Iran, North Korea block UN weapons treaty


Iranian President Mahmoud Ahmadinejad (R) shakes hands with North Korea's ceremonial head of state, Kim Yong-Nam in Tehran on Sept. 1, 2012.


Atta Kenare

Iran and North Korea blocked an effort on Thursday to adopt a global treaty that would regulate the multimillion-dollar international weapons trade.

The draft treaty needed support from all 193 UN member states to be approved.

The delegate from North Korea said the proposed treaty could be "politically manipulated by major arms exporters."

Iran's UN ambassador Mohammed Khazaee said the proposed accord was "discriminatory."

Treaty supporters were optimistic before the vote, but said if it was not adopted they would go to the General Assembly and put the draft to a vote, where it is expected to be approved.

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"Signals are that the treaty stands a good chance of being adopted today," said Anna Macdonald, head of arms control at Oxfam, one of about 100 organizations worldwide in the Control Arms coalition. "There have been concerns that Iran might block, but we've heard ... that Iran is going to support it."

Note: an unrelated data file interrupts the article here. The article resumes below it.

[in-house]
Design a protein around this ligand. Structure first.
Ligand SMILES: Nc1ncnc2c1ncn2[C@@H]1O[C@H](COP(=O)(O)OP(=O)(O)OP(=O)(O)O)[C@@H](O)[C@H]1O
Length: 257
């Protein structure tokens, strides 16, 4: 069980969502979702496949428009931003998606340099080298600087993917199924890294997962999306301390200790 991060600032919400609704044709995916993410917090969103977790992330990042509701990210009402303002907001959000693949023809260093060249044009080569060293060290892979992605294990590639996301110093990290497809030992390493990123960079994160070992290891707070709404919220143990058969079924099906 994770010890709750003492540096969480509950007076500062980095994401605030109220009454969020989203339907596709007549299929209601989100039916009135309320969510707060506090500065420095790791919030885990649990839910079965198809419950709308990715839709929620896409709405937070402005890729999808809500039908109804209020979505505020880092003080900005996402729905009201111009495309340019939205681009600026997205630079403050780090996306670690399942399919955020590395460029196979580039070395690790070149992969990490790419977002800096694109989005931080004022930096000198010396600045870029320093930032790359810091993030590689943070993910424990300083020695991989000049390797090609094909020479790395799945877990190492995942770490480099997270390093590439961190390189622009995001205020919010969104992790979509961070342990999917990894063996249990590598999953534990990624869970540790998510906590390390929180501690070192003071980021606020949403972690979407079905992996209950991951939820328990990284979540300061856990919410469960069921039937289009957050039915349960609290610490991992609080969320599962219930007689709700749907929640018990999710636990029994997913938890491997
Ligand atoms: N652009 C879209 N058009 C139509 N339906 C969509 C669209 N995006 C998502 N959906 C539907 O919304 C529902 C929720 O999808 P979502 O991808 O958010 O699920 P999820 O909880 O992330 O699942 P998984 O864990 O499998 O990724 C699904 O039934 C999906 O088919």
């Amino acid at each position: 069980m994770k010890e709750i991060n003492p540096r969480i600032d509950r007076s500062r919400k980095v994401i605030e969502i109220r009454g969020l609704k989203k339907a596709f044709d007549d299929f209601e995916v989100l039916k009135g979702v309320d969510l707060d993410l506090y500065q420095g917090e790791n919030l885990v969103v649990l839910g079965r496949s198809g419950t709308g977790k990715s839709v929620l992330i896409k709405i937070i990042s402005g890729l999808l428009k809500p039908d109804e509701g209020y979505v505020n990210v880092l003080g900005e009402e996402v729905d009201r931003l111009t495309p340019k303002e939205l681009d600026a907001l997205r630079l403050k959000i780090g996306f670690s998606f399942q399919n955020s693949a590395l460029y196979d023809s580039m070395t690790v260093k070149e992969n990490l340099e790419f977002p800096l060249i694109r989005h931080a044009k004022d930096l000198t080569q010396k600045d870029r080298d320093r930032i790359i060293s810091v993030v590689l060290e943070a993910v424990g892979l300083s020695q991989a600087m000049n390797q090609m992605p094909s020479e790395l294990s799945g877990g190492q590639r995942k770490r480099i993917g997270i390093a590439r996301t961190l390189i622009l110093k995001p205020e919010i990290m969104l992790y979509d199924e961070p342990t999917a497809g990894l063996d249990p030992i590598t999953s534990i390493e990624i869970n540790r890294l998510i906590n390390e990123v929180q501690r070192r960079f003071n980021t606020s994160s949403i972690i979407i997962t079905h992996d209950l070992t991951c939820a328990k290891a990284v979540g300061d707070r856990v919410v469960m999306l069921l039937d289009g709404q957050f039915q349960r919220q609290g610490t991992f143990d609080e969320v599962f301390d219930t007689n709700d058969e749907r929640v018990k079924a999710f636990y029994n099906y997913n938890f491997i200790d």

Chairman of the negotiations Ambassador Peter Woolcott of Australia called for a suspension of the final negotiation session after the Iran and North Korea block, hoping the delegates from the two countries could change their votes.

UN members looked over a "take it or leave it" draft of what would have been the first ever treaty to regulate the conventional arms trade.

Woolcott gave members the final draft on Wednesday after nine days of marathon talks.

"I will not consider further amendments. It is take it or leave it," Woolcott told the conference as he presented the draft.

If put into place, the treaty would make states establish standards in barring the sale of conventional weapons if they would lead to violations of international human rights law, or aid terrorism or organized crime. Weapons likely to increase violence against women and children would also be banned from sale.